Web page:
Saturday, 14 August 2010

Pizza pizzaza

The dough, the bruschetta, the pizza. Saturday night, done.

The Colonel, La Tasca, Dark Peak Ale and Me

Its been a funny old week, foodwise ( which is how I measure most weeks, come to think of it) . Saintly steamed veg and quorn sausages on Monday, swooping nose dive on Tuesday straight into a bottle of rose and bucket of fried chicken from the white whiskered Colonel (what ? what ? you have no guilty secrets? No diary lea on toast ?) a meal out at Glossops finest pub on Wednesday , The Wheatsheaf - real home cooking, fresh made pastry on the pies, locally sourced meat & fish, generous portions. I remember Rick Stein bemoaning recently that British Pubs are fast becoming more the go-to place for thai fishcakes rather than a Ploughmans. Not so the Wheatsheaf . Sure, you can have here your chicken  in cajun spices, and your fish ( fresh) in chilli and lime - but you're well advised to set about the cheese and onion pie, Dark Peak Ale and Steak pie ( local meats, locally brewed ale) or the Barnsley chop. And I do. Set about them, I mean. We happily waited an extra half hour not so long ago, for the seasonal wimberry pie to come steaming from the kitchen. Light buttery crisp pastry, great toothstaining purple wodge of wimberries, sweet and tart, deep as a ball pool and just as giddy making. With ice cream, thank you very much. I don't have any undisclosed interest in the Wheatsheaf by the way, I just like it. Very much. Thursday , a cheap and cheerful get together at La Tasca on Deansgate, Manchester with a couple of friends. Tapas, whats not to like ? Yes, I know....  Evuna, Luso, El Rincon are much more The Thing and we've been to and love them all. But there was (still is till Sep 5th, fact fans) 50% off at La Tasca at the moment so that was that. And as I've probably established with my visit to the Colonel, there's no food snobbery here ( I mean, you eat dairy lea on toast) there's a time and a place for everything. Particularly at 50% off. And then Friday, under the weather and and lacking in pizazz, Tesco's Finest king prawn malaysian biryani. It was very good, as it happens. Not just one top note layer of heat and spice. I'd have it again . I'm thinking home made pizza tonight. I thought that before I even wrote the word pizazz. In the meantime, heres a pic (blurry, I'm working on it...) of a fruitcake made a couple of weeks ago and steadily being plied with sherry in time for a wedding in September. Its to go on top of a 200 strong cupcake tower . Hows that for pizazz ?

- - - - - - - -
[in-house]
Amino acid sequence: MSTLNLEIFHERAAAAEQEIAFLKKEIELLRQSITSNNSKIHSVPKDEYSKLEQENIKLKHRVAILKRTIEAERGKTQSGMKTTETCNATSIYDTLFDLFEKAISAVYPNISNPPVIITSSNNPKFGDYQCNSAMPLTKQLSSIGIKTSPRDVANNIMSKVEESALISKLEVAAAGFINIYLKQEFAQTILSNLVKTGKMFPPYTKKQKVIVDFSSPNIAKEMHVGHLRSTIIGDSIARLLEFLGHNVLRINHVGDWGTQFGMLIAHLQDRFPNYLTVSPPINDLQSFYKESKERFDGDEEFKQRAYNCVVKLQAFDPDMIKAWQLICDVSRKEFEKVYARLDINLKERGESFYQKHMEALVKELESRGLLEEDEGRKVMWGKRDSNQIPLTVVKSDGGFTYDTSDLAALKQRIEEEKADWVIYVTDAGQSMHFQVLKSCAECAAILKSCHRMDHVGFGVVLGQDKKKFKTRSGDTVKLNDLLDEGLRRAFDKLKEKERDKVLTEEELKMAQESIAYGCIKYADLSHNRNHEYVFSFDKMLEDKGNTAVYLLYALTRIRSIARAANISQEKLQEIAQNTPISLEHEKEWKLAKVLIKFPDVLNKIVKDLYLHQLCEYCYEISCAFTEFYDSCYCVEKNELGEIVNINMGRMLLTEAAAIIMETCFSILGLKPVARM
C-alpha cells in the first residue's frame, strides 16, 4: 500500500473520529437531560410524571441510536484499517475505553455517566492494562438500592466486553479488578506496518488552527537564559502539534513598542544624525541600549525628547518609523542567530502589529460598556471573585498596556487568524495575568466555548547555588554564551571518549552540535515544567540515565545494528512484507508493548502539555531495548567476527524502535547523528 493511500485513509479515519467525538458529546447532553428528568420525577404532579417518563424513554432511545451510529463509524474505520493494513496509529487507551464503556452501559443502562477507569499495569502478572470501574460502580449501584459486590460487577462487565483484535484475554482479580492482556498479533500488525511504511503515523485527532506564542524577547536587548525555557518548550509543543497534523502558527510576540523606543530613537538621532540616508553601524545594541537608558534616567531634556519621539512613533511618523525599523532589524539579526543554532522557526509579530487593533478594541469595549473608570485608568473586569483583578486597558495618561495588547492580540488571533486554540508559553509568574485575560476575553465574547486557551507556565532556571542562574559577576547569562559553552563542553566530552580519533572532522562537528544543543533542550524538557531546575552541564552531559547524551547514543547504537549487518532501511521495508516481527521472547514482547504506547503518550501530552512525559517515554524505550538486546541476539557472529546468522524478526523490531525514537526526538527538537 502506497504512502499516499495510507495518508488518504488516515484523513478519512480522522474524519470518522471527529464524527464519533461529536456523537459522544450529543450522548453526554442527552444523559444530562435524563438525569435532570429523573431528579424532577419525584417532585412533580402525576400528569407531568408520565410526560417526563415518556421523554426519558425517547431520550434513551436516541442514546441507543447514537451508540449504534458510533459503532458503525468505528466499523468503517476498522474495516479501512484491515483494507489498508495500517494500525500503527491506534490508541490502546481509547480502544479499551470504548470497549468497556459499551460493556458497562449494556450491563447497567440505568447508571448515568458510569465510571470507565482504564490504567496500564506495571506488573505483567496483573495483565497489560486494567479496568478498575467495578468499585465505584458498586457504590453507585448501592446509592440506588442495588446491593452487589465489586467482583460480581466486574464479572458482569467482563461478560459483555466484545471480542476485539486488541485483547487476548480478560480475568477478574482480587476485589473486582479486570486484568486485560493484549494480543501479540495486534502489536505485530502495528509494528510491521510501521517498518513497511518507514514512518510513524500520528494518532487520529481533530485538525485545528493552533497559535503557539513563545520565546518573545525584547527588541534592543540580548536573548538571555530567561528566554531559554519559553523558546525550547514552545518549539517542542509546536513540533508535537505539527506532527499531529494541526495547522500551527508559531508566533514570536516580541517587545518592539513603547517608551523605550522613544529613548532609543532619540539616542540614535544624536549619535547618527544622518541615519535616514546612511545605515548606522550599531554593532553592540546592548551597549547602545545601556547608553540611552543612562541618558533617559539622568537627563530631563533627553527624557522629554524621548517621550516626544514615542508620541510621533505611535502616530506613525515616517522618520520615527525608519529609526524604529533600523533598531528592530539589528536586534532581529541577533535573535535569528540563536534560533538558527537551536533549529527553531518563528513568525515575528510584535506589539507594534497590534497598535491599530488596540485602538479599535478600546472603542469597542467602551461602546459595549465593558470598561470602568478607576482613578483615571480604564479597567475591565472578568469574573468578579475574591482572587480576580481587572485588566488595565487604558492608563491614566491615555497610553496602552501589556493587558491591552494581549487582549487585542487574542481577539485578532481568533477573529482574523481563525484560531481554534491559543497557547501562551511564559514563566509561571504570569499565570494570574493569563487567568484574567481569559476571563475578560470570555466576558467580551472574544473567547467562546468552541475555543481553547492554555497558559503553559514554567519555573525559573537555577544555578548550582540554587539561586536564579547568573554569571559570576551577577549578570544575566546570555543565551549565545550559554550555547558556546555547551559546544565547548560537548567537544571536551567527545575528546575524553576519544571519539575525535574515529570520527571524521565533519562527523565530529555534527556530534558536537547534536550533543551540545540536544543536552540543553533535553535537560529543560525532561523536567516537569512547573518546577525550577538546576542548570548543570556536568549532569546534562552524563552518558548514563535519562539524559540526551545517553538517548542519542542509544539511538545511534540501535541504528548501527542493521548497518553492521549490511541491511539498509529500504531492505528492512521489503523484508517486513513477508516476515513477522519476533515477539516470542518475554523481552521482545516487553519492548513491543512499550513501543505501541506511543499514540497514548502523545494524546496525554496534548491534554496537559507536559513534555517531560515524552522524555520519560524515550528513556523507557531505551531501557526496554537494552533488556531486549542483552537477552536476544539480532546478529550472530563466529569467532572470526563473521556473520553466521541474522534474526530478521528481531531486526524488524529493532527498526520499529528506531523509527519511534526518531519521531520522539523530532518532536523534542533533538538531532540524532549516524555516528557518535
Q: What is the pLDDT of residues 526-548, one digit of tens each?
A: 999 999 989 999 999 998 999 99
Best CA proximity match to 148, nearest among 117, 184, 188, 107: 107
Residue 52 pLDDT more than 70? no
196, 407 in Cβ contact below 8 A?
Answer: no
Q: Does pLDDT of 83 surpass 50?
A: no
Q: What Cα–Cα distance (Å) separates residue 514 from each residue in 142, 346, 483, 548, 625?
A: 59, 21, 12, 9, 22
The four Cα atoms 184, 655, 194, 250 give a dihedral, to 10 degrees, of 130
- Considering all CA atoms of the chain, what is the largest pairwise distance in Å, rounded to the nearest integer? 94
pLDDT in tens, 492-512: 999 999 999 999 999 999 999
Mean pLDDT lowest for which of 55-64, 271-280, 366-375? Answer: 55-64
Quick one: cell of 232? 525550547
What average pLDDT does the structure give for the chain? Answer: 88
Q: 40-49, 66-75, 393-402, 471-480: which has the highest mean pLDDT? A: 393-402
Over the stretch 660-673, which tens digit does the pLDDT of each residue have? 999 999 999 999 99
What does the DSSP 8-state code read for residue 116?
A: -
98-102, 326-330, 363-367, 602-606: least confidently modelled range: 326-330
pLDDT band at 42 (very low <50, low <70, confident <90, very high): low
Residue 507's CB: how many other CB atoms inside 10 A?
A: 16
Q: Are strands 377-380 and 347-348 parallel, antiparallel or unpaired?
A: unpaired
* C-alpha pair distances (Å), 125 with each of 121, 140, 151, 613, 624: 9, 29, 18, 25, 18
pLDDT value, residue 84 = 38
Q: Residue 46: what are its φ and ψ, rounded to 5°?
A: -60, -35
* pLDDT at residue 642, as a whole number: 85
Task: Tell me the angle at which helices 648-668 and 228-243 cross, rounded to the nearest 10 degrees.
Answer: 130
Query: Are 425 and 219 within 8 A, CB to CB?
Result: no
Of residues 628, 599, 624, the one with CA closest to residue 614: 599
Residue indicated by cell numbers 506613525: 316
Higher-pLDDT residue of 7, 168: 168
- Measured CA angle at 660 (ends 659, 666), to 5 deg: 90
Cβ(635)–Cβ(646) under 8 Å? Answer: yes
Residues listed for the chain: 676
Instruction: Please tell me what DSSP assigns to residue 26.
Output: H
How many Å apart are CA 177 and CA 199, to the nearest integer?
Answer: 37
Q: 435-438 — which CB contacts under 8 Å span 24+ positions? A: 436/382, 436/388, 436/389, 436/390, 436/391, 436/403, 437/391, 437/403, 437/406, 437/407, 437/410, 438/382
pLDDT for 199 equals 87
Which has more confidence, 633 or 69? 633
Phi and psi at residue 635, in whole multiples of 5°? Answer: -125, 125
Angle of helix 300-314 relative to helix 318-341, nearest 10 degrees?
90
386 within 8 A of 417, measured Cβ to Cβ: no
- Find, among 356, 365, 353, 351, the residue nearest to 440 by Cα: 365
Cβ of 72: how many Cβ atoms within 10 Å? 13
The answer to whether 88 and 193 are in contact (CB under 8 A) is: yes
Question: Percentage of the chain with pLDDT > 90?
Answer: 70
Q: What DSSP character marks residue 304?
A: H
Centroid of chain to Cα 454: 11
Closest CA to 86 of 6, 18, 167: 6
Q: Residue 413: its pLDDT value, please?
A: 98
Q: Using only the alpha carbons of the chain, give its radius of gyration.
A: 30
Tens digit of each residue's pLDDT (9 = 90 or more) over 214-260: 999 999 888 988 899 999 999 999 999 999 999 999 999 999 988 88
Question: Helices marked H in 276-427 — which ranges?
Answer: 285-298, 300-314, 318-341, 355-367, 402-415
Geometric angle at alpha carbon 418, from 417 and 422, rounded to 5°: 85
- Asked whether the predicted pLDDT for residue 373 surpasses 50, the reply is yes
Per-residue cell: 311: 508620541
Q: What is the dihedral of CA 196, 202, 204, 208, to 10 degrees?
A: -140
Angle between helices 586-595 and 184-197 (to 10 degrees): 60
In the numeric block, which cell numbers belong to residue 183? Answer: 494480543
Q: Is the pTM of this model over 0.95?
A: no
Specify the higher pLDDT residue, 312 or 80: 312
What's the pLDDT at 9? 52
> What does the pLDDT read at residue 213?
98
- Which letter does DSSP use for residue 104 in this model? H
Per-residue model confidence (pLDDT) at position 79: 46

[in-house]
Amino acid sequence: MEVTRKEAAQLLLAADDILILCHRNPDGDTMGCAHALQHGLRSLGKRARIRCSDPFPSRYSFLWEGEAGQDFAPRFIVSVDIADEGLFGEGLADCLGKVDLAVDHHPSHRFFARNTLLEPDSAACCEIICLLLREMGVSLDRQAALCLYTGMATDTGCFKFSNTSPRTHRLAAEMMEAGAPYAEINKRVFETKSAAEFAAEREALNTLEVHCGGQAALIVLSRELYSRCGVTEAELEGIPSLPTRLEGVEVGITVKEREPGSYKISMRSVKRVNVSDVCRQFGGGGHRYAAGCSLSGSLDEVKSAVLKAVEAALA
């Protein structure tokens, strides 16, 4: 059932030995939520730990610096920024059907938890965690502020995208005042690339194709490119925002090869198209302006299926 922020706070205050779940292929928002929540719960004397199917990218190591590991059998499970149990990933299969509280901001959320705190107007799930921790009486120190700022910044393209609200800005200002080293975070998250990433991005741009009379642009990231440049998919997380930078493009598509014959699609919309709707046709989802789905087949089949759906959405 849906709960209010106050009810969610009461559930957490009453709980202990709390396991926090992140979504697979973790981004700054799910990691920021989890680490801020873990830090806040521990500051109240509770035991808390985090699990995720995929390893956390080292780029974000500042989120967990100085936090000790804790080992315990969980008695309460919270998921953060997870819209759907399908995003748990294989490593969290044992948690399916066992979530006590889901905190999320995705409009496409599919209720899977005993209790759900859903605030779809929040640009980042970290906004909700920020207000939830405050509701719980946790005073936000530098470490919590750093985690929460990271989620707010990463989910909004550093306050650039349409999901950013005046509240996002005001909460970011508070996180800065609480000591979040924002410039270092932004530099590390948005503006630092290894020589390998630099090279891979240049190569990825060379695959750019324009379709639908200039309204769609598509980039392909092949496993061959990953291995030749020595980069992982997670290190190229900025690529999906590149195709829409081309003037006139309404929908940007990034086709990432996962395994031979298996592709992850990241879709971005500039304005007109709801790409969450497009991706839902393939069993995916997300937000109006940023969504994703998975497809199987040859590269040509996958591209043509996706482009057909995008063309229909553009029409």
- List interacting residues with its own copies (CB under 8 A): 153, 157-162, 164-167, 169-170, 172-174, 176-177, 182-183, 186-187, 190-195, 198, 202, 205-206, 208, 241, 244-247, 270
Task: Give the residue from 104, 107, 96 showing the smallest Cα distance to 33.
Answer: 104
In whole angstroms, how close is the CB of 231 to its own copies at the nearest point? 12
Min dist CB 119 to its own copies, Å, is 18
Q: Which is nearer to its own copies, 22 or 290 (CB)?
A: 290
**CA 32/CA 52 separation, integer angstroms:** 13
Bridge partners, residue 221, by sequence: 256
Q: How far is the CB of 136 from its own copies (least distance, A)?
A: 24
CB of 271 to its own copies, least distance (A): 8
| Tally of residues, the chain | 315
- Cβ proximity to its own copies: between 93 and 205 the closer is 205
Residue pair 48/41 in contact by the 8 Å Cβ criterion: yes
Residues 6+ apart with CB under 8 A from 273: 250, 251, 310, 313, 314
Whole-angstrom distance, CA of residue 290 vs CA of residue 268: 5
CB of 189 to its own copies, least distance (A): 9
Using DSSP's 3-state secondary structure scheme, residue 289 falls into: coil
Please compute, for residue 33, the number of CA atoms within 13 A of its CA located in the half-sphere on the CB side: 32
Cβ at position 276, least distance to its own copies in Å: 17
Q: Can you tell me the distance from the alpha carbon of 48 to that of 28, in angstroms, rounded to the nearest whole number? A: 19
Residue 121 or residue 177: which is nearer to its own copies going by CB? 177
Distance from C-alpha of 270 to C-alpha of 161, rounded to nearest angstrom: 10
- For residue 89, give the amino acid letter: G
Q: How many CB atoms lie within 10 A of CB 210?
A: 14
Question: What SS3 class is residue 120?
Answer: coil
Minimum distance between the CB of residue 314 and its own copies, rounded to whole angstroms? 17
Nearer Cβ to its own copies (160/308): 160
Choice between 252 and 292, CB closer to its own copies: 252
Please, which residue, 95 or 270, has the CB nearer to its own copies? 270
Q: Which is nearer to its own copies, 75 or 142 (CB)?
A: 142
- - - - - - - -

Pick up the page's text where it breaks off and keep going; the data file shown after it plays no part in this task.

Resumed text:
Sunday, 8 August 2010

You can tell its summer, the rain gets warmer

Its grey and chill, here in Glossop. Its August and the heating is on. Not for nothing are we called the Dark Peak. There was a nod to summer yesterday, in the kitchen at least with baking a vaguely Greek, light and airy orange yoghurt cake, but todays a day for roast rib of beef, mustard crust, port gravy and roast potatoes. Followed by a slice of said cake. Best get the oven on then.

Greek orange cake

Greece by way of Glossop. And a zested orange and half a tub of low fat greek yoghurt that needed using.

Oven at 160 (fan) or 180 conventional. Line the base of an 8 inch cake tin, grease bottom and sides.

310g plain flour
4tsp baking powder
pinch of salt
150g caster sugar
2 eggs, beaten
250g greek yoghurt ( I used low fat)
150ml vegetable or sunflower oil
half tsp good almond extract
half tsp vanilla extract
                                             2 tsp poppy seeds

Orange sugar syrup
175 caster sugar
200ml water
juice of a large orange

stir all sugar syrup ingredients together, and let bubble and boil in a pan for 5 - 7 mins. Let cool slightly.

Sift the flour and baking power into a bowl. Add the salt, sugar and mix. Make a well, add in the eggs, yohgurt, extracts, oil & poppy seeds. Combine with wooden spoon. Pour into tin, bake for approx 45 mins. Let it cool for 20 mins or so, then prick holes in the top and then spoon over the orange sugar syrup.